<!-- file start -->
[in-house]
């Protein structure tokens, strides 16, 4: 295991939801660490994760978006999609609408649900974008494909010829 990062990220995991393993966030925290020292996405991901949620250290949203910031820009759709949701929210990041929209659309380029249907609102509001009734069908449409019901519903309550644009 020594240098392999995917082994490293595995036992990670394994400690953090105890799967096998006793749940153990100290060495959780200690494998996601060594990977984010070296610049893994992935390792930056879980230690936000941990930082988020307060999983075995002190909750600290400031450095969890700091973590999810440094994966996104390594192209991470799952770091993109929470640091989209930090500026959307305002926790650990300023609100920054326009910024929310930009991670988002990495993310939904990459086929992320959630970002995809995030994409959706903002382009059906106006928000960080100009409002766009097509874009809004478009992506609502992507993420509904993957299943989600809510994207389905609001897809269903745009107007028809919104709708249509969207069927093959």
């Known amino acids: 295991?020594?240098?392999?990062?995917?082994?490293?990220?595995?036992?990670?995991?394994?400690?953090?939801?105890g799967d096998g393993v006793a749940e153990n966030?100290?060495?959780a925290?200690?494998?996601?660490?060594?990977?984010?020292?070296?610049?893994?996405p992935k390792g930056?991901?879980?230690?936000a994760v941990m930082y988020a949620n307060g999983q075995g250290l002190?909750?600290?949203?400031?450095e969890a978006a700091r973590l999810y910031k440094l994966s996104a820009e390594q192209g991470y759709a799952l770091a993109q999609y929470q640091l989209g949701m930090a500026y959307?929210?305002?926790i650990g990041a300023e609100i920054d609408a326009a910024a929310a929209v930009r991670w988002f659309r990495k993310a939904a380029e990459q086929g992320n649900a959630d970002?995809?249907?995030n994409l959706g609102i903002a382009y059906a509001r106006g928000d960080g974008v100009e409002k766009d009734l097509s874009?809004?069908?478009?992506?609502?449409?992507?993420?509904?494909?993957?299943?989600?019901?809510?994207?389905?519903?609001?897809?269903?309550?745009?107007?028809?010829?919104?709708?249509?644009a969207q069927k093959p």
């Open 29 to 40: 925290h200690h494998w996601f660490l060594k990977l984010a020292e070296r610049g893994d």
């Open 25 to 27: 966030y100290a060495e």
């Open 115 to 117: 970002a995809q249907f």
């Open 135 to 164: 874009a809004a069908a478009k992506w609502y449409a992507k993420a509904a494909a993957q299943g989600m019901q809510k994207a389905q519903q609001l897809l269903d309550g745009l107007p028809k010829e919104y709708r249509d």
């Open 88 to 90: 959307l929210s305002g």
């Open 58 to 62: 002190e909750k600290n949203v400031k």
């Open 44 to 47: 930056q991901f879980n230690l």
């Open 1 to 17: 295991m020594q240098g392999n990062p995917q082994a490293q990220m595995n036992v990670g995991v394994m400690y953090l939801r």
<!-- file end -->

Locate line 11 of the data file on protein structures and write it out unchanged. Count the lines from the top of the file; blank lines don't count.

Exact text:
């Open 1 to 17: 295991m020594q240098g392999n990062p995917q082994a490293q990220m595995n036992v990670g995991v394994m400690y953090l939801r």